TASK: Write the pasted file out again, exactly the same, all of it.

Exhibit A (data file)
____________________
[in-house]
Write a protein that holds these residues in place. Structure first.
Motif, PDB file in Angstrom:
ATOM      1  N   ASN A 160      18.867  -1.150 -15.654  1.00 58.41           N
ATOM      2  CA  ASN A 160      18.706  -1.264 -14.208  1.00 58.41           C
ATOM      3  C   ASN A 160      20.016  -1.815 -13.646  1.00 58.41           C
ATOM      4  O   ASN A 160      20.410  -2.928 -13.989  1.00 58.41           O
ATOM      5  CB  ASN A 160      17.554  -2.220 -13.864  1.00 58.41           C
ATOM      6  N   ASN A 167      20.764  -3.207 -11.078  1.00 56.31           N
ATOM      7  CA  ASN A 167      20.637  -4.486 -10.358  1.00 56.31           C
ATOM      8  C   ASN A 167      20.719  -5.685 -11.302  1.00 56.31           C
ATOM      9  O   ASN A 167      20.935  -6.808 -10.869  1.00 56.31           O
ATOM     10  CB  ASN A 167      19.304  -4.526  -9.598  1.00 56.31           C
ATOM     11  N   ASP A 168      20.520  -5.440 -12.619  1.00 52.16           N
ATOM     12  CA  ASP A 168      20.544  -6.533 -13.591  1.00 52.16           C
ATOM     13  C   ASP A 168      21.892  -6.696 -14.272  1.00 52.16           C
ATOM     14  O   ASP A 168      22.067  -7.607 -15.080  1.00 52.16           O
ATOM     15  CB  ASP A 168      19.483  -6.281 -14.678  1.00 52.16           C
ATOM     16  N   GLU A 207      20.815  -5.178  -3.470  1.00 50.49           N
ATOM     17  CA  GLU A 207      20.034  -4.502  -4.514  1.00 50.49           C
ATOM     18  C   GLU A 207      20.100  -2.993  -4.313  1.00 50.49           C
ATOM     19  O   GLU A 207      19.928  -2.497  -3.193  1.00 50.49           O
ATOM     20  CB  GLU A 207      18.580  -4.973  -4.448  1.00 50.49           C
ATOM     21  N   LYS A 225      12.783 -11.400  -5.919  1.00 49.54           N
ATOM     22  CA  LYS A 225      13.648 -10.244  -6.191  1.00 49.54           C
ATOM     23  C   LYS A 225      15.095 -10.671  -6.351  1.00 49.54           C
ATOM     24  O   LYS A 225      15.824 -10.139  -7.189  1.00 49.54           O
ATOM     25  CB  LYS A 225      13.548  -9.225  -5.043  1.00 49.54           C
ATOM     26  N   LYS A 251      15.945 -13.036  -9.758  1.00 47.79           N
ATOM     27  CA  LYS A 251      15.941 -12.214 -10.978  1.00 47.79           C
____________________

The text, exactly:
[in-house]
Write a protein that holds these residues in place. Structure first.
Motif, PDB file in Angstrom:
ATOM      1  N   ASN A 160      18.867  -1.150 -15.654  1.00 58.41           N
ATOM      2  CA  ASN A 160      18.706  -1.264 -14.208  1.00 58.41           C
ATOM      3  C   ASN A 160      20.016  -1.815 -13.646  1.00 58.41           C
ATOM      4  O   ASN A 160      20.410  -2.928 -13.989  1.00 58.41           O
ATOM      5  CB  ASN A 160      17.554  -2.220 -13.864  1.00 58.41           C
ATOM      6  N   ASN A 167      20.764  -3.207 -11.078  1.00 56.31           N
ATOM      7  CA  ASN A 167      20.637  -4.486 -10.358  1.00 56.31           C
ATOM      8  C   ASN A 167      20.719  -5.685 -11.302  1.00 56.31           C
ATOM      9  O   ASN A 167      20.935  -6.808 -10.869  1.00 56.31           O
ATOM     10  CB  ASN A 167      19.304  -4.526  -9.598  1.00 56.31           C
ATOM     11  N   ASP A 168      20.520  -5.440 -12.619  1.00 52.16           N
ATOM     12  CA  ASP A 168      20.544  -6.533 -13.591  1.00 52.16           C
ATOM     13  C   ASP A 168      21.892  -6.696 -14.272  1.00 52.16           C
ATOM     14  O   ASP A 168      22.067  -7.607 -15.080  1.00 52.16           O
ATOM     15  CB  ASP A 168      19.483  -6.281 -14.678  1.00 52.16           C
ATOM     16  N   GLU A 207      20.815  -5.178  -3.470  1.00 50.49           N
ATOM     17  CA  GLU A 207      20.034  -4.502  -4.514  1.00 50.49           C
ATOM     18  C   GLU A 207      20.100  -2.993  -4.313  1.00 50.49           C
ATOM     19  O   GLU A 207      19.928  -2.497  -3.193  1.00 50.49           O
ATOM     20  CB  GLU A 207      18.580  -4.973  -4.448  1.00 50.49           C
ATOM     21  N   LYS A 225      12.783 -11.400  -5.919  1.00 49.54           N
ATOM     22  CA  LYS A 225      13.648 -10.244  -6.191  1.00 49.54           C
ATOM     23  C   LYS A 225      15.095 -10.671  -6.351  1.00 49.54           C
ATOM     24  O   LYS A 225      15.824 -10.139  -7.189  1.00 49.54           O
ATOM     25  CB  LYS A 225      13.548  -9.225  -5.043  1.00 49.54           C
ATOM     26  N   LYS A 251      15.945 -13.036  -9.758  1.00 47.79           N
ATOM     27  CA  LYS A 251      15.941 -12.214 -10.978  1.00 47.79           C